Mining online auction social networks for reputation and recommendation







Full text


Mining online auction social networks

for reputation and recommendation



Mikołaj Morzy1, Adam Wierzbicki2

and Apostolos N. Papadopoulos3

1 Institute of Computing Science, Poznań University of Technology

Piotrowo 2, 60-965 Poznań, Poland

2 Polish-Japanese Institute of Information Technology

Koszykowa 86, 02-008 Warszawa, Poland

3 Department of Informatics, Aristotle University

54124 Thessaloniki, Greece


Abstract: Online auctions are quickly becoming one of the lead-ing branches of e-commerce. Unfortunately, online auctions attract many fraudulent activities. Reputation systems are crucial for guar-anteeing fairness of trade and reliability of service. Currently used reputation systems offer little protection from malevolent contrac-tors. In this paper we present a new method for mining the rep-utation of sellers in online auctions. We devise two independent measures that assess reliability and questionability of sellers in par-allel, leading to the concept of positive and negative reputation. To compute these measures we construct an S-graph which reflects the social linkage between sellers and buyers. We use both explicit and implicit feedbacks provided by auction participants, carefully identifying missing feedbacks that have been purposefully left out. Based on reputation estimates the community of online auction par-ticipants can detect misbehaving contractors and counteract fraud. Thus, the application of social information about reputation of con-tractors can be perceived as recommendations. Experimental eval-uation of our proposal proves the feasibility and usefulness of the presented approach.

Keywords: online auctions, reputation, recommendations.

Research supported by the Polish Ministry of Science grants N N516 4307 33,

69/N-SINGAPUR/2007/0, and by the 2005-2007 Joint Research and Technology Program between Poland and Greece funded by GSRT, Greek Ministry of Development.




E-commerce growth is far from slowing down. According to Forrester Research (Forrester, 2007), in 2006 online sales in the USA rose 25% year on year to $219 billion. Even if we exclude travel sales, the growth reaches $146 billion (29% year on year). This year e-commerce keeps growing at an astonishing pace of 18%, surging by $259 billion (and $174 billion excluding travel). The report estimates that online sales represent 6% of total retail sales in 2006. Today, 63% of online population have already engaged in e-commerce activities. Among them, 27% of online consumers have participated in auctions on the Web, leaving plenty of room for growth. Forrester Research reports that online auction markets generated $49 billion in sales in 2006, which represents 25% of online sales, but predicts further development. To quote the report: "we expect online auction sales to reach steady average growth of 40%". Auctions, which are one of the very first forms of economic activity known to mankind, are experiencing a triumphant come-back in the electronic form. The model describing online auctions is called customer-to-customer, and its validity and practical usability is well proved by the popularity of over 250 currently active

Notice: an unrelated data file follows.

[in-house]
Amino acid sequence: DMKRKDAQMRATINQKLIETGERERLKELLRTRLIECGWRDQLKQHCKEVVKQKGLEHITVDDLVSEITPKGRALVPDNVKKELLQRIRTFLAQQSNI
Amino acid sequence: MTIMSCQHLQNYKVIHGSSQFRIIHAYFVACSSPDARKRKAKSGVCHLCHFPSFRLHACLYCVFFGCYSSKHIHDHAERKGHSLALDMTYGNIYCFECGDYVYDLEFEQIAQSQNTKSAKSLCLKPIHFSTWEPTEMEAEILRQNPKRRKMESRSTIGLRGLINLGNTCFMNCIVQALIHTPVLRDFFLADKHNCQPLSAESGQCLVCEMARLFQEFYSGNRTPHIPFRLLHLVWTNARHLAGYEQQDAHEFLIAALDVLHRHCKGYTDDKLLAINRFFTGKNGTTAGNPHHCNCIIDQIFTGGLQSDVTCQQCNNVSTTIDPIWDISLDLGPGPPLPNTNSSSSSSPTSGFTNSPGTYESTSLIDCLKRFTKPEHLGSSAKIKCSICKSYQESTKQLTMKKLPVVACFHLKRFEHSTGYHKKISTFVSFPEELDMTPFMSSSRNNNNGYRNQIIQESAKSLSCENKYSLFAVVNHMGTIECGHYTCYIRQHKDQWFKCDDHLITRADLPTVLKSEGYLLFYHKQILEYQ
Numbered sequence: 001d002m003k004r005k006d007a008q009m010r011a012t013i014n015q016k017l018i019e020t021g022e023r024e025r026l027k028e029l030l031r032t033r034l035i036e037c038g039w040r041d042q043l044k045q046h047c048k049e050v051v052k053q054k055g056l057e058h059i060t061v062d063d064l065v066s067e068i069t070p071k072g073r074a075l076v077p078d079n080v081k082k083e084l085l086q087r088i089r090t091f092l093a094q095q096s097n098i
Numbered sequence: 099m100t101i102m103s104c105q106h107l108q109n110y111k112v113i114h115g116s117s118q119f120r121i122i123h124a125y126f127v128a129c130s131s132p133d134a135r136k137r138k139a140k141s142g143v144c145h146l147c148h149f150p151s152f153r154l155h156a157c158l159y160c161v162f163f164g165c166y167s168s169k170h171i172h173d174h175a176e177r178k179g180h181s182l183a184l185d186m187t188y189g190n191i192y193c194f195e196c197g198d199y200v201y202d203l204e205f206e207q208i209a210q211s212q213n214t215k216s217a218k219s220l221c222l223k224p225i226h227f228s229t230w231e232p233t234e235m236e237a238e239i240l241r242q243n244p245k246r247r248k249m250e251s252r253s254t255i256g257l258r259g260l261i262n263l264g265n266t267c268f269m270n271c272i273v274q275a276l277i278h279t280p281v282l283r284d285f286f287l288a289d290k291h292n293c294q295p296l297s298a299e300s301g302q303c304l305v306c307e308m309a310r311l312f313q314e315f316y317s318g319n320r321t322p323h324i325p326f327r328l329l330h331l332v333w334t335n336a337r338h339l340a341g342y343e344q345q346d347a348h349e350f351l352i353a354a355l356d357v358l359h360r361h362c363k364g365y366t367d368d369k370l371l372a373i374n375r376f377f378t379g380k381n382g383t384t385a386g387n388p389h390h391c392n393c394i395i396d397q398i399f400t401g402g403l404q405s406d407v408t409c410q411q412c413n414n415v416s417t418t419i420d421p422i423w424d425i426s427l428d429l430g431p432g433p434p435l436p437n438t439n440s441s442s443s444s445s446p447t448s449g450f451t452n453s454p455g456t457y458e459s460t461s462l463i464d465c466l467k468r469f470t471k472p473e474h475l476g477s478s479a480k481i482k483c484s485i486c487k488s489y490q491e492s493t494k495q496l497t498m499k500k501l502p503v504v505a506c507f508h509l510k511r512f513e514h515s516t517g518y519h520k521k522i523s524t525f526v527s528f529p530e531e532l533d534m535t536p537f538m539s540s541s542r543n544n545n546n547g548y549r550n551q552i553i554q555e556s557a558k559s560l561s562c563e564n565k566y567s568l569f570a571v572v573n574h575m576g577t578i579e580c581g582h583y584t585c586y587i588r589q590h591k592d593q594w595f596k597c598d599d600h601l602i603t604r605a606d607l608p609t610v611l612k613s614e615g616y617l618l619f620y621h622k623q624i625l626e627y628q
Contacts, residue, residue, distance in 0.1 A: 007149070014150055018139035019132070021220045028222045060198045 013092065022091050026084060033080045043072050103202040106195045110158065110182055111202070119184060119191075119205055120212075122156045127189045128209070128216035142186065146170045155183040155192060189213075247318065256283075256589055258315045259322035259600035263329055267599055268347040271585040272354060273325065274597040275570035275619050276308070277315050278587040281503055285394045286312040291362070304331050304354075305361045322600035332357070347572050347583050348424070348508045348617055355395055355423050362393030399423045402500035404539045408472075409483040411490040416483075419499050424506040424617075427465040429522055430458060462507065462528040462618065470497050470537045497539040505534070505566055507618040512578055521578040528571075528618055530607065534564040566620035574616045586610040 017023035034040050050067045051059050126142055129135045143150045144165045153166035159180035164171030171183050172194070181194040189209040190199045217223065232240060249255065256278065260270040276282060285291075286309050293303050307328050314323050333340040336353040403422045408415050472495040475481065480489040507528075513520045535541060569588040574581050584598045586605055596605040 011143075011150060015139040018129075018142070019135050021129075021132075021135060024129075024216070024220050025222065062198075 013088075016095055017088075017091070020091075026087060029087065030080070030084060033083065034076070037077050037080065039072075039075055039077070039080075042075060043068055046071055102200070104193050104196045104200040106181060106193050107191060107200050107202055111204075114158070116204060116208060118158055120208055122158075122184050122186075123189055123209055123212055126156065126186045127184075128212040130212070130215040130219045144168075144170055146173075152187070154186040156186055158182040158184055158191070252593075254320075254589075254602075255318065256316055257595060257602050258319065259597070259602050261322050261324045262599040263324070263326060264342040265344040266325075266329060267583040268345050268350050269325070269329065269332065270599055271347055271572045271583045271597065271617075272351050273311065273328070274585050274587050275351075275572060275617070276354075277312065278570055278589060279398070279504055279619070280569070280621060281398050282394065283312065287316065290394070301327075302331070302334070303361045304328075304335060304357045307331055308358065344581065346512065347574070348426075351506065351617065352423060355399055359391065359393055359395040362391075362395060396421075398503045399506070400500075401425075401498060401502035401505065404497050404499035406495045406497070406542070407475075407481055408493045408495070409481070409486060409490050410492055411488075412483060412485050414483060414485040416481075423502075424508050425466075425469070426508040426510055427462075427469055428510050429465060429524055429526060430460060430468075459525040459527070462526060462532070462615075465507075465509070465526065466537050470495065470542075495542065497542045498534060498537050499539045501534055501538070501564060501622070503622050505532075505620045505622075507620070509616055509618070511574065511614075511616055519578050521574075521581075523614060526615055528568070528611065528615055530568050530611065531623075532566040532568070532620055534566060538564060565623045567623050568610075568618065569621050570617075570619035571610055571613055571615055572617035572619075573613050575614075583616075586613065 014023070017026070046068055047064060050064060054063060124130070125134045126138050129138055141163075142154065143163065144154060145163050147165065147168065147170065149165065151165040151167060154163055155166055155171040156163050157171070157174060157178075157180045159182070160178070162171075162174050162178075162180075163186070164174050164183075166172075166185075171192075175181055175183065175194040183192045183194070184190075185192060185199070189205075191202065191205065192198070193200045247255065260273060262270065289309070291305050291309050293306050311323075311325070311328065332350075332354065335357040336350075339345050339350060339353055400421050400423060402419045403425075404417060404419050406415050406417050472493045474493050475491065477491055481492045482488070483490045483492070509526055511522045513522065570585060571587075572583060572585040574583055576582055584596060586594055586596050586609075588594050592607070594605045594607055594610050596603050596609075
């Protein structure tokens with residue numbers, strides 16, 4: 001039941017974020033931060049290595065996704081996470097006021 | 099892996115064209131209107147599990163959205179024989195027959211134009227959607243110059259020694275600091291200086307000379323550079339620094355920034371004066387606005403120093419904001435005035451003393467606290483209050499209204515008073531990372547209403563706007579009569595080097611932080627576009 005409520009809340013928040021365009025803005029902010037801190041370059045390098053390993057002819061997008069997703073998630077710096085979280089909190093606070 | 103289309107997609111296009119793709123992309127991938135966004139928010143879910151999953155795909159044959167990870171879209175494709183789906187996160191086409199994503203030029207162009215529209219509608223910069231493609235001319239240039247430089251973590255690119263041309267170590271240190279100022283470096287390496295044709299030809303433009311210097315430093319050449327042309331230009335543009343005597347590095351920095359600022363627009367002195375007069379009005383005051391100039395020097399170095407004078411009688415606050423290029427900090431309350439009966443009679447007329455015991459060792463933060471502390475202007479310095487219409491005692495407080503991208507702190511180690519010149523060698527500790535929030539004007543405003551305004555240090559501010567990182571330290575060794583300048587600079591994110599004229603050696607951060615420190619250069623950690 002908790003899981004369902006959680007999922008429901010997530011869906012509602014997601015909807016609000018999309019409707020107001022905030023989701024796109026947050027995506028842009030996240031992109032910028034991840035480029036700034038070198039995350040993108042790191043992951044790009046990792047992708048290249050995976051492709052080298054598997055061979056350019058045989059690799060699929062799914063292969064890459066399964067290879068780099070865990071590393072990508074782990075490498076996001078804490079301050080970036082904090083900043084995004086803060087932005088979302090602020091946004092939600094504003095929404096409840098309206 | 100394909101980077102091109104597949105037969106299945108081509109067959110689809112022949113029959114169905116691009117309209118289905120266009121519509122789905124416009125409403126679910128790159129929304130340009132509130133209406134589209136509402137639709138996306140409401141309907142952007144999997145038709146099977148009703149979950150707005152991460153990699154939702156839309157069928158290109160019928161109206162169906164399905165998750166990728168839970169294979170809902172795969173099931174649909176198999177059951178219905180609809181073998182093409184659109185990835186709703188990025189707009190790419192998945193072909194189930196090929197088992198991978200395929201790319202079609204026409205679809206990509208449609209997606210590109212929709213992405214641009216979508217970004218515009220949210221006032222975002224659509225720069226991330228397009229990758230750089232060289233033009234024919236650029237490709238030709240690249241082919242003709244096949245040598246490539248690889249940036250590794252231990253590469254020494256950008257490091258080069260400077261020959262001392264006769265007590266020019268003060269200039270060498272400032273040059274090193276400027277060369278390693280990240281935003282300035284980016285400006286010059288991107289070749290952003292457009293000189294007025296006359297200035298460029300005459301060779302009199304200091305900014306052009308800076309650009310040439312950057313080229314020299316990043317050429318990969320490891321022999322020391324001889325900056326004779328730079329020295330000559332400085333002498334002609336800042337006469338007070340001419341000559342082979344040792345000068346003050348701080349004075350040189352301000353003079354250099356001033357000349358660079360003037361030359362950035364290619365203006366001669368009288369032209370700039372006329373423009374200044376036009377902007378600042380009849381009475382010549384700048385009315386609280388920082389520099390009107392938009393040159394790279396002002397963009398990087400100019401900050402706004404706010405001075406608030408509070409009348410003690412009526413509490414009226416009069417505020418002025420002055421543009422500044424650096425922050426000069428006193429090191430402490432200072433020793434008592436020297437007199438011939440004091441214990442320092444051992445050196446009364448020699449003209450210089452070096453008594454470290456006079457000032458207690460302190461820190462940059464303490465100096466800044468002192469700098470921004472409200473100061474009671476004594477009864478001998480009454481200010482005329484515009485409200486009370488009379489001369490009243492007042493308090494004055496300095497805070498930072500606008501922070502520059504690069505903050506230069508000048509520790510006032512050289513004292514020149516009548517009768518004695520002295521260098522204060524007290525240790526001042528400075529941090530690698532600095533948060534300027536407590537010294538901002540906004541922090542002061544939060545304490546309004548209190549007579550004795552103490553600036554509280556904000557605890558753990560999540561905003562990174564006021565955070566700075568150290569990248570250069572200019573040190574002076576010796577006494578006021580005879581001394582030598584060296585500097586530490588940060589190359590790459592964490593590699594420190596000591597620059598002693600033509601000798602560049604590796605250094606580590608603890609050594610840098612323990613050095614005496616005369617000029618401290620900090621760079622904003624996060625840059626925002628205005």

online auction sites, such as,,,

and many others.

The numbers behind the biggest players are incredible. According to market-ing research company Nielsen, eBay, the global leader in online auction market, attracts 50 million unique visitors per month. An article of clothing is sold on eBay every 3 seconds, a car is sold every 90 seconds, and 30 000 pieces of luxury jewelry are sold daily. The volume of annual transactions reached $23 billion and 400 000 people make their living through eBay. Over 95 millions of registered eBay users perform 5 million transactions each week, with 12 million items posted on eBay at any given point in time.

Apart from offering new and unprecedent possibilities, online auctions pro-vide opportunities for dishonest participants to commit fraud. The lack of physical contact between trading partners significantly affects the level of trust. This can be observed in the results of a recent Eurobarometer poll, which re-veals that 73% of customers refraining from e-commerce are motivated by the concerns about the security of payment. In addition, 37% of consumers are concerned about warranty terms and the quality of service. The number of complaints regarding online auctions has grown rapidly over the last few years. American Federal Trade Commission reports that 48% of all e-commerce re-lated complaints involved fraud committed in online auctions, and the total loss caused by fraud was as high as $437 million in one year. National Consumers League reveals that 63% of complaints about Internet fraud concerned online auctions, and the average loss of $478 per person. Recently, FBI Internet Crime Complaint Center presented its annual report on Internet crime (IC3, 2007). In 2006, FBI IC3 received 207 492 complaints, among which 45% concerned online auctions. Total loss of internet crime victims, who reported, augmented to $200


million, with the average loss of a victim reaching $724. The average loss of a victim of an online auction theft was slightly lower, reaching $602 (for instance, the average loss of a victim who fell for the infamous Nigerian Letter scam was $5100). The report clearly proves that online auction fraud exceeds by far other types of Internet crime, such as non-delivered merchandise and payment (19% of complaints) or check fraud (5% of complaints).